Not for profit membership organisation dedicated to driving improvements in ethical and responsible business practices in global supply chains.
Independent testing and certification system for textile raw materials, testing for harmful substances.
European standard that stands for the Registration, Evaluation, Authorisation & Restriction of CHemicals.
Are you aware of the carbon footprint of your corporate clothing?
When shopping for your uniforms you should opt for brands that are actively aiming to lower the carbon footprint of their production processes. This would involve paying special attention to renewable energy, harmful emissions and water usage. Any products that are deemed ‘quality’ should only be labelled as such if they are manufactured in a way that is environmentally and socially sustainable.
Workwear has an environmental impact from production (energy usage and toxic chemicals) through to disposal (landfill and incineration). Here are some of the key impacts your work clothing has throughout its life cycle according to the European Clothing Action Plan (ECAP):
Greenhouse gas emissions
Fossil fuels are burned in order to create the electricity needed in the manufacturing process, as well as being used in agricultural machinery. Workwear is typically of a higher quality than similar fashion garments, and this means the under-utilisation of functional life has proportionally greater impacts.
The production of workwear and uniform includes the use of fossil fuels through transport, electricity and manufacture of synthetic fibres, and water through the cultivation of crops, wet processes during manufacturing, cleaning. Many of these garments end up being sent to landfill or are incinerated.
Air and water pollution
Air acidification due to sulphur oxides (SOx) emissions (fossil fuel combustion) and nitrogen oxides (NOx) emissions (electricity production).
Water consumption and pollution impacts
This is particularly prevalent in the production of natural cotton fibres through the extensive use of water in cotton crop cultivation.
Aquatic, sedimentary and soil toxicity comes as a result of the use of chemicals during crop cultivation (defoliants and pesticides) and in many manufacturing stages such as pre-treatment, dyeing and printing.
Microplastic fibres in the ocean
Many of our clothes contain plastics such as polyester, nylon, acrylic and polyamide and these shed tiny bits of plastic throughout their life. The implications of these tiny microplastic fibres are becoming more and more apparent.
Every time we wash our synthetic uniforms the fabric sheds thousands or millions of these plastic microfibres, which can escape into the ocean and potentially enter the food chain. The threads are so small that they can drain out of our washing machines and pass straight through wastewater treatment plants into the sea. When they make it to the ocean they absorb nasty chemicals and a multitude of sea creatures are at risk of ingesting these and passing them up the food chain.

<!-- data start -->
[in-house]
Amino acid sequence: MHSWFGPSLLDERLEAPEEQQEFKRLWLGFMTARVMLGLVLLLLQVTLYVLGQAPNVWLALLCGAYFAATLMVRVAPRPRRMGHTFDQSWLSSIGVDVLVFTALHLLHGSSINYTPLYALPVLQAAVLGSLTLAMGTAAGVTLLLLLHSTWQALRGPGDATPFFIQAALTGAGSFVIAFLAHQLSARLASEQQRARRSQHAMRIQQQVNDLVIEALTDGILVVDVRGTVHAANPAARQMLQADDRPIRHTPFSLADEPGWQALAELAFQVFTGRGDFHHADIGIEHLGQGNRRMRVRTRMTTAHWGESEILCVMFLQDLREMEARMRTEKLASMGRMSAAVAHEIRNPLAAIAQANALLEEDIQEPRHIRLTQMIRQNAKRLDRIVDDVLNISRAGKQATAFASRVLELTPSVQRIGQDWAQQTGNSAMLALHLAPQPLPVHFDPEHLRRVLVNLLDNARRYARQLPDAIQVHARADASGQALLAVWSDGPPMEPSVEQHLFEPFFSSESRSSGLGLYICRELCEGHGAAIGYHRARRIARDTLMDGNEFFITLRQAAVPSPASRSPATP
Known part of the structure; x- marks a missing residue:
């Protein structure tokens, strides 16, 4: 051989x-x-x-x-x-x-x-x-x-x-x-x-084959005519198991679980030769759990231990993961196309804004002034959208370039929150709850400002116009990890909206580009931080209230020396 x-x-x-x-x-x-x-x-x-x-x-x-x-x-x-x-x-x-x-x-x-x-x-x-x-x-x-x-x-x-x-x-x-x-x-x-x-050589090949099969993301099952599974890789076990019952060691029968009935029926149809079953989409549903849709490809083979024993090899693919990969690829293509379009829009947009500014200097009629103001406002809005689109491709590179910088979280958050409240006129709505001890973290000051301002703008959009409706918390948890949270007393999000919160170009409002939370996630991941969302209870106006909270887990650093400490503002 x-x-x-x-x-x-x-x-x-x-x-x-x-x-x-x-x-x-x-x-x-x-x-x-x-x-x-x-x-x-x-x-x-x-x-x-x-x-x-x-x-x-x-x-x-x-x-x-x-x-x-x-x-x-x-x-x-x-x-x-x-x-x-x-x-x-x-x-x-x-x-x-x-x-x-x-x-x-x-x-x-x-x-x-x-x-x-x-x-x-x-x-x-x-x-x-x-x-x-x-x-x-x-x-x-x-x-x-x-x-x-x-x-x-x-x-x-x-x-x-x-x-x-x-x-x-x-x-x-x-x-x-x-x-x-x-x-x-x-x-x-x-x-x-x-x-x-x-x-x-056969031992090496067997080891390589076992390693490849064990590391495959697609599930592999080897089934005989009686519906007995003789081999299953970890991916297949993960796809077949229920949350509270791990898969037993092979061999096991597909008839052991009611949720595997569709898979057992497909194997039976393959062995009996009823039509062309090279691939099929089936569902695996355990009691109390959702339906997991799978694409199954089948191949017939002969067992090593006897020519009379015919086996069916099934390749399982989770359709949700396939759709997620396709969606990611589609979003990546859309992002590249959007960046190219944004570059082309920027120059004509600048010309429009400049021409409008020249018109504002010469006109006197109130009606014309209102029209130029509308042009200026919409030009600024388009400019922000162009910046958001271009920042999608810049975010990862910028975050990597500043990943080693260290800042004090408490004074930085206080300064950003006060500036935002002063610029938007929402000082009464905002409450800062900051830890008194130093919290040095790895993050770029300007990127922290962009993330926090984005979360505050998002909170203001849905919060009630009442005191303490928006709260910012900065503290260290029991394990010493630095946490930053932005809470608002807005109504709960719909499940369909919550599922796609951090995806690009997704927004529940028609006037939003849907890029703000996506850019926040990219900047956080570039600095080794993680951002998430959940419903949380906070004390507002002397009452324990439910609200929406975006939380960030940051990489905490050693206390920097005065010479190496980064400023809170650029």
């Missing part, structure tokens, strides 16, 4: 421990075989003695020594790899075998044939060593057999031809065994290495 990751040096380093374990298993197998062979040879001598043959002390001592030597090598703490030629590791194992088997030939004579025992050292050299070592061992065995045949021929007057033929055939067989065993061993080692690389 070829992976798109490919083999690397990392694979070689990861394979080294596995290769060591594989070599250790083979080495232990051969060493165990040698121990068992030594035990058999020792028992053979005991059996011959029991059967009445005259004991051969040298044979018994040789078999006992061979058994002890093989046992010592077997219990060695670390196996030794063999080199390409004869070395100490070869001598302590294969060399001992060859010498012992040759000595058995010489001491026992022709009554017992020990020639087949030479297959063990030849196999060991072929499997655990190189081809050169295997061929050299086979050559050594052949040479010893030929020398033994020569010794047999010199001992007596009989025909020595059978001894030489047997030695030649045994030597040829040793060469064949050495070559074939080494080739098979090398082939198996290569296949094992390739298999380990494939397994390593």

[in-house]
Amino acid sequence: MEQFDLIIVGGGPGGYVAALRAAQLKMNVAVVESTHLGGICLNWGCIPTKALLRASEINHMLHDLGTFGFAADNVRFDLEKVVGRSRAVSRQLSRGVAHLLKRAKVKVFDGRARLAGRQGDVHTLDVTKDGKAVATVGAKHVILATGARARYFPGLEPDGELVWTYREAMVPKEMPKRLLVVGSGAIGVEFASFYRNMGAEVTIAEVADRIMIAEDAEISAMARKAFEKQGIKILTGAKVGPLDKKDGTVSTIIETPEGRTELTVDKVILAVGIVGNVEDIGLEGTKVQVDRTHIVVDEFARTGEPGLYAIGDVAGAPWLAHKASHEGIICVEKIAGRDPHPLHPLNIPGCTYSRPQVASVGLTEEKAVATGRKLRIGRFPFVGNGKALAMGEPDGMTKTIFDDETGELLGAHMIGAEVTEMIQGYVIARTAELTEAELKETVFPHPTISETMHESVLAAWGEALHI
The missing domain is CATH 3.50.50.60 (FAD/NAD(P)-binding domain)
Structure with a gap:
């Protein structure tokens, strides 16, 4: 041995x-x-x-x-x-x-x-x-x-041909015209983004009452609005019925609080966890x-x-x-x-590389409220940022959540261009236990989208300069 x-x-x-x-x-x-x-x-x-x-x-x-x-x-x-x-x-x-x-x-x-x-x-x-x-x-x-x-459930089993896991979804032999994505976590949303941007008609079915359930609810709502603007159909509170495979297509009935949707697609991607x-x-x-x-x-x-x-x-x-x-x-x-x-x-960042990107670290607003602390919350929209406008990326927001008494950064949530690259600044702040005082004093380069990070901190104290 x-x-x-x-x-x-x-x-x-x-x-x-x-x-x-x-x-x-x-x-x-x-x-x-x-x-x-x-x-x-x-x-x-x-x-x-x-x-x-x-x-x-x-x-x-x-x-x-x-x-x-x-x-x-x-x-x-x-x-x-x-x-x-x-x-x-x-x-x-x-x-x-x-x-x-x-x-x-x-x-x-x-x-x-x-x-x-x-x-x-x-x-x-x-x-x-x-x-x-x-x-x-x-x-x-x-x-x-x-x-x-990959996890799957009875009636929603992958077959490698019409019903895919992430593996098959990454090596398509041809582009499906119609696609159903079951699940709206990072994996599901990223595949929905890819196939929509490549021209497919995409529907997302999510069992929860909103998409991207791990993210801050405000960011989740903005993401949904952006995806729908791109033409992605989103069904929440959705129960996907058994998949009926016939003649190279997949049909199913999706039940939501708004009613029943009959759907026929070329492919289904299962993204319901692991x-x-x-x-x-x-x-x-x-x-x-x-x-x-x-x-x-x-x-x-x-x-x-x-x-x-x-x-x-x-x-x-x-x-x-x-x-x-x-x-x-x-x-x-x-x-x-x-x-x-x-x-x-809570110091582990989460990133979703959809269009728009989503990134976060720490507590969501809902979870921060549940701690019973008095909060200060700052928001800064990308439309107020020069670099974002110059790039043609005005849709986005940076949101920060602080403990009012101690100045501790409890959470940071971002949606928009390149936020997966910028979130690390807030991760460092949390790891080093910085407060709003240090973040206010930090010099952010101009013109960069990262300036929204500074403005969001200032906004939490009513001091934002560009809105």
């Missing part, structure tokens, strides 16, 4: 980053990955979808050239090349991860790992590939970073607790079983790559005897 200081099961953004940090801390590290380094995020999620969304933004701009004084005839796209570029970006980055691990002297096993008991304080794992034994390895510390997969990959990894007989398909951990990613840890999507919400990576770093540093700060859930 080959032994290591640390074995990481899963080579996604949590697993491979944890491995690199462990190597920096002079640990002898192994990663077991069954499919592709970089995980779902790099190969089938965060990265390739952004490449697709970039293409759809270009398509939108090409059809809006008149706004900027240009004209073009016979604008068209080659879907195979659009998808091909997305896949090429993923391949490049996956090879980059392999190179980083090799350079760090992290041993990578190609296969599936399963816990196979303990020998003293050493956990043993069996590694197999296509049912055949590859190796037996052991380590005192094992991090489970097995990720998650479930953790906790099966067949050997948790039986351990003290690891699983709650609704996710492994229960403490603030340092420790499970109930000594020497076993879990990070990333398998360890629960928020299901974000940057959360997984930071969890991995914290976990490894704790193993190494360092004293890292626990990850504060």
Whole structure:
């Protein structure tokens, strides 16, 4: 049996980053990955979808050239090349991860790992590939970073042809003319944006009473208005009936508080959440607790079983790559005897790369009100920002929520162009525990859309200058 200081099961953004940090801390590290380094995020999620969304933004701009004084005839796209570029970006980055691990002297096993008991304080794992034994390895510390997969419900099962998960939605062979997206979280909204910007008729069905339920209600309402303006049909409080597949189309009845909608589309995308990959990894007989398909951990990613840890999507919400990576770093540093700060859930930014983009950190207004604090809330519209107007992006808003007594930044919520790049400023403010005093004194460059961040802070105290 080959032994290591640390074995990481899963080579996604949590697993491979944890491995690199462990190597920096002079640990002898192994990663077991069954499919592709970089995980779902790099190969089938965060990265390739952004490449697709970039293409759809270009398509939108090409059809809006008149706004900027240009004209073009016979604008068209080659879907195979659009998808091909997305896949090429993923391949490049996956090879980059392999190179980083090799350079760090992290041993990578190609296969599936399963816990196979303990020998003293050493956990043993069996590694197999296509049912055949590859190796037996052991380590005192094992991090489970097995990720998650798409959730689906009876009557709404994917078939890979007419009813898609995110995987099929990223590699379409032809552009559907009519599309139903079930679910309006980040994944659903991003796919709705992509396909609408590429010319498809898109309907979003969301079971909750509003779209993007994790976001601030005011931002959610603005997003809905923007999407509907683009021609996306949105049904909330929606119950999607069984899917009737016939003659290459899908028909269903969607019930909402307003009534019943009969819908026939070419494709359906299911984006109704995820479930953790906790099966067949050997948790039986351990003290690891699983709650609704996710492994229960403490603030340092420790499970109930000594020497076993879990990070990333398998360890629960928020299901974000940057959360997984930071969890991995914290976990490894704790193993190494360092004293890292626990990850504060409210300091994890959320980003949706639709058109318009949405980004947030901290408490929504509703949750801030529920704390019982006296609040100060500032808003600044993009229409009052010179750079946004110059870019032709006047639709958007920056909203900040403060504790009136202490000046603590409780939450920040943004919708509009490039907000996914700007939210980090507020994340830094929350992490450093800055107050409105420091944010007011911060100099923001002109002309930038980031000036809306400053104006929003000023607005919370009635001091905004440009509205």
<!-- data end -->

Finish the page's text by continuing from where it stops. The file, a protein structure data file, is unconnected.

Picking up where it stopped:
Friends of the Earth claim that “One washing load of clothes could be shedding up to 17 million plastic fibres,” demonstrating the responsibility each of us has to reevaluate how we take care of our work clothes.
We’ve put together a list of suggestions from the recommendations of Friends of the Earth and Plastic Pollution Coalition on how you can reduce the amount of tiny plastic fibres that reach the ocean:
Put your washing in a special bag. A Guppyfriend Washing Bag will help collect the microfibres that your clothes shed.
Fill the washing machine. A full machine reduces the amount of friction between items.
Wash your workwear at low temperatures. This is less aggressive and therefore less likely to shake out plastic fibres.
Reduce spin speeds. Faster spins may dry clothes quicker but they also shake them up more.
Air dry rather than tumble dry. Tumble drying is more aggressive and likely to cause friction between garments.
Keep your workwear for longer. Synthetic clothes are likely to shed more plastic in the first few washes, so frequently changing your workwear will probably increase the amount of plastic you’re sending out into the environment. Buy quality workwear and corporate clothing that’s built to last!
Choose uniform that’s made from natural fibres like cotton, linen and wool. These will eventually break down in the environment whereas synthetic fabrics will not.
A number of garment manufacturers are working on finding solutions to the microplastic fibre problem, including looking to alternative fabrics such as organic cotton, recycled plastic fabrics, Tencel (made using recycled tree pulp), 100% wool, hemp and jute.